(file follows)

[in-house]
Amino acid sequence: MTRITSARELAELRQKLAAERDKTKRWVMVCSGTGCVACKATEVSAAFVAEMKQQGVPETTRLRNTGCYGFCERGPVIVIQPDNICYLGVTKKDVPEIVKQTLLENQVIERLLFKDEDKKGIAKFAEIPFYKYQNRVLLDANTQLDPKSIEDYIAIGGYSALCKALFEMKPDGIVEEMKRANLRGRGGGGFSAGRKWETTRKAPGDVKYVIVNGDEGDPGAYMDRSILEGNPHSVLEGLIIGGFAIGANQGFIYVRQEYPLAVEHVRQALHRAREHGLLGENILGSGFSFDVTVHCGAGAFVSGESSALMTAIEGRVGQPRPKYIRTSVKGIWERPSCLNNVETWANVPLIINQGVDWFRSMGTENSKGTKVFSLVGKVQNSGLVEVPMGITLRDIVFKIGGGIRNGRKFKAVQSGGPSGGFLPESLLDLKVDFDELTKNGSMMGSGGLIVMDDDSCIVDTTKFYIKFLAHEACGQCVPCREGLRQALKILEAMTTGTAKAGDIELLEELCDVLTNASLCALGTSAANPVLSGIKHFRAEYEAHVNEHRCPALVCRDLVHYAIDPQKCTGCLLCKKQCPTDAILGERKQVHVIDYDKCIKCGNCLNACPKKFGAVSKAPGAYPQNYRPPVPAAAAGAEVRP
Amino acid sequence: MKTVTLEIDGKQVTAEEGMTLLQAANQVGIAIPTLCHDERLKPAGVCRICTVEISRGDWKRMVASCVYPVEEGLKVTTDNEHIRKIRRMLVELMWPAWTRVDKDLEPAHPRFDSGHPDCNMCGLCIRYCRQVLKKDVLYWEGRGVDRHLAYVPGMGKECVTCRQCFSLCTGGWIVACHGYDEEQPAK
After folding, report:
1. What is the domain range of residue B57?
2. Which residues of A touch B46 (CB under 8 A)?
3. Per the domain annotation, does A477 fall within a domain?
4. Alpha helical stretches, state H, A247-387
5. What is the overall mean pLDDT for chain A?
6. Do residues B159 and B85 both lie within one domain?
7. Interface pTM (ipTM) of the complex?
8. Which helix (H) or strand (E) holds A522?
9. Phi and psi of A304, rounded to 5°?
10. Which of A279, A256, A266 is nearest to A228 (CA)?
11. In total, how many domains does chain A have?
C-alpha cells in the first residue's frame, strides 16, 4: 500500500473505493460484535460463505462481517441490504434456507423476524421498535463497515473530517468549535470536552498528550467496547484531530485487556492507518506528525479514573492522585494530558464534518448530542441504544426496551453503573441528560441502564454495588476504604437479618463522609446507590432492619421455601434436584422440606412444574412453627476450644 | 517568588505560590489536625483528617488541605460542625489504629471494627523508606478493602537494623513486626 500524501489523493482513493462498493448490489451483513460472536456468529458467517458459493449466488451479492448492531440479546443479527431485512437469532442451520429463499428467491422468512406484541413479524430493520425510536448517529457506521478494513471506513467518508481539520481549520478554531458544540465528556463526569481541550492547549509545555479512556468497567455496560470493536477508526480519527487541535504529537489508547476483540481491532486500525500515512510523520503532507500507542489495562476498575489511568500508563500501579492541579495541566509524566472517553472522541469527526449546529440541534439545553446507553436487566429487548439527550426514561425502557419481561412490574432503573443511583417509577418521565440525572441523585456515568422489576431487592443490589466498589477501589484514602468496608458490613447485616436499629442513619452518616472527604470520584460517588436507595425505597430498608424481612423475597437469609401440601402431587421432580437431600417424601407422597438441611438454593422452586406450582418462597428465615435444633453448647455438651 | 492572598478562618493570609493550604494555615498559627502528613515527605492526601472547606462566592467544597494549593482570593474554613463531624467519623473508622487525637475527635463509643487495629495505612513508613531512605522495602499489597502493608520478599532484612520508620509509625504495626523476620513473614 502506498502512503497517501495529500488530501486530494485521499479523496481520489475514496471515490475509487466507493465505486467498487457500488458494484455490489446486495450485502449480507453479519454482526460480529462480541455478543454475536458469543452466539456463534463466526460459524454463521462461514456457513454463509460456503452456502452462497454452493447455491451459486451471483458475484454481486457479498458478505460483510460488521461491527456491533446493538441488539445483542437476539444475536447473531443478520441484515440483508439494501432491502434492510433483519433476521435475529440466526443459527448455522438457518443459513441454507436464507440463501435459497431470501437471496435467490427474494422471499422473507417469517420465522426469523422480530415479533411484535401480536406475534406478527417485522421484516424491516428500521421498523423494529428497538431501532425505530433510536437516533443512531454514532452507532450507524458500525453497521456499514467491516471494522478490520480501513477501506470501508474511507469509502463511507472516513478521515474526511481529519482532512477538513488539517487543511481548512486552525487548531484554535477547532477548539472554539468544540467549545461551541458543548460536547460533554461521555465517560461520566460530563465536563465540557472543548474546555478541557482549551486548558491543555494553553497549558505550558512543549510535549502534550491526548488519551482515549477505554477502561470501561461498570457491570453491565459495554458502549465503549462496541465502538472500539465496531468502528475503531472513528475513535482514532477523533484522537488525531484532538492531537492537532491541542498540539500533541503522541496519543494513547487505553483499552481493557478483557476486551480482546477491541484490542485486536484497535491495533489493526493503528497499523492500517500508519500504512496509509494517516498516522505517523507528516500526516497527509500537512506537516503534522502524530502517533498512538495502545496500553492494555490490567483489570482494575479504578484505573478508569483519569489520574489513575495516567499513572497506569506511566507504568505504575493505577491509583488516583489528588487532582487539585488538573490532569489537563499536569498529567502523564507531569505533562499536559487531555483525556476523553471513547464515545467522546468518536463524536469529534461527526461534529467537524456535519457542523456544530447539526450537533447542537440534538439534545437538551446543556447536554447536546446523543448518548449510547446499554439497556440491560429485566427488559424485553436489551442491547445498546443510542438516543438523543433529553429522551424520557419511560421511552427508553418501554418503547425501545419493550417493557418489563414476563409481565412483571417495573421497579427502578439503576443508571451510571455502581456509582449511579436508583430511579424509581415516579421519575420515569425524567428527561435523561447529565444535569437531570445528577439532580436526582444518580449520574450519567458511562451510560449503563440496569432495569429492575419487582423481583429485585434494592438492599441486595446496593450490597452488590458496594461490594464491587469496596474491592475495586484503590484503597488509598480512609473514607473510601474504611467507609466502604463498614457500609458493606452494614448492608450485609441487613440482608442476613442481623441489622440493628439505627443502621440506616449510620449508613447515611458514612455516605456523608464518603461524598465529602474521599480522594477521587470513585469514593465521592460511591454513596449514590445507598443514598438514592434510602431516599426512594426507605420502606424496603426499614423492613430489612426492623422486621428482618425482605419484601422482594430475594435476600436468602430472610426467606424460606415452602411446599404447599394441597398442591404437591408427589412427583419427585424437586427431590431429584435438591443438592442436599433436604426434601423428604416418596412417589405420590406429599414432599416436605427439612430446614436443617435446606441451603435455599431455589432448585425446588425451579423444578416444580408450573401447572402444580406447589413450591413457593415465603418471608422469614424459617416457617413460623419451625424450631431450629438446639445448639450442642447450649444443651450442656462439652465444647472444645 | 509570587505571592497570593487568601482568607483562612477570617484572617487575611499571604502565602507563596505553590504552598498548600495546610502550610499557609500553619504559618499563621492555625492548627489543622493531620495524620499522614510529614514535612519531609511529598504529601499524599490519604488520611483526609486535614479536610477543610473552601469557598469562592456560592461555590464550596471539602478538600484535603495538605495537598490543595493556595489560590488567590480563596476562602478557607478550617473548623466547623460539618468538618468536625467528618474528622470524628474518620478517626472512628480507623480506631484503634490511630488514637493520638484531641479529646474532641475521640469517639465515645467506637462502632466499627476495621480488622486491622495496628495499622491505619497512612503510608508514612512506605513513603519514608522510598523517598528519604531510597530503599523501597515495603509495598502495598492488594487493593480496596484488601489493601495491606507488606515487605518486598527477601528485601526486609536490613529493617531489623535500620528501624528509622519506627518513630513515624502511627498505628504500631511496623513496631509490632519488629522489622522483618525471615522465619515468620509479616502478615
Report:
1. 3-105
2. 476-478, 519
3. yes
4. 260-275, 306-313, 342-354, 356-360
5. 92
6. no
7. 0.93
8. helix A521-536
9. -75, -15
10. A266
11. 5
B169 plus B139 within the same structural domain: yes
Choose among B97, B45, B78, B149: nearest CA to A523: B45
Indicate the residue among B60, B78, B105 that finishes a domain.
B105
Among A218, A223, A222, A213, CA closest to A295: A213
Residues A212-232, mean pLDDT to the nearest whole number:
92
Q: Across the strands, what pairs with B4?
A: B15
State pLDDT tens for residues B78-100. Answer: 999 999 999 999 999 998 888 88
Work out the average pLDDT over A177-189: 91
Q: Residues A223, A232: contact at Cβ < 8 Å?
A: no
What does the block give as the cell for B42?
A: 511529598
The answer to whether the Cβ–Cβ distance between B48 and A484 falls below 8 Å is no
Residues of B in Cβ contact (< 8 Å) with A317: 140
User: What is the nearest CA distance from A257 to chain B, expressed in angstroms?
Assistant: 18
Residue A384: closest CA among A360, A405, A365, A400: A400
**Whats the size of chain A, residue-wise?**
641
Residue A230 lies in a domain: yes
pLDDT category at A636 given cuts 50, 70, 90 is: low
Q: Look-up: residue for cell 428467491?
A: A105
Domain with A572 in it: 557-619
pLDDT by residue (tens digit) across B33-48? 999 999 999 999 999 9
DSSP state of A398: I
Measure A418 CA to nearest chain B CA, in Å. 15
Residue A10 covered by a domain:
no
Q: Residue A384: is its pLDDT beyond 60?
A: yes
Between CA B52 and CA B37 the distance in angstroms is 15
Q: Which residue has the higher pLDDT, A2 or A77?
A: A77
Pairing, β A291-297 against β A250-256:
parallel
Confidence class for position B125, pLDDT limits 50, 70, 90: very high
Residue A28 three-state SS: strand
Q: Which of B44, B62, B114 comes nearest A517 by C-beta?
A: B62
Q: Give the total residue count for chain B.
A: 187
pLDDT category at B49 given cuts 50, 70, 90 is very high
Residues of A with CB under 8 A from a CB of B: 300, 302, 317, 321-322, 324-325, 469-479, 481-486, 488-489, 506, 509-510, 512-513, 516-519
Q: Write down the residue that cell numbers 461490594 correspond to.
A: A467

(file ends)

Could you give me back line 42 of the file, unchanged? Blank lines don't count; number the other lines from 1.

What does the block give as the cell for B42?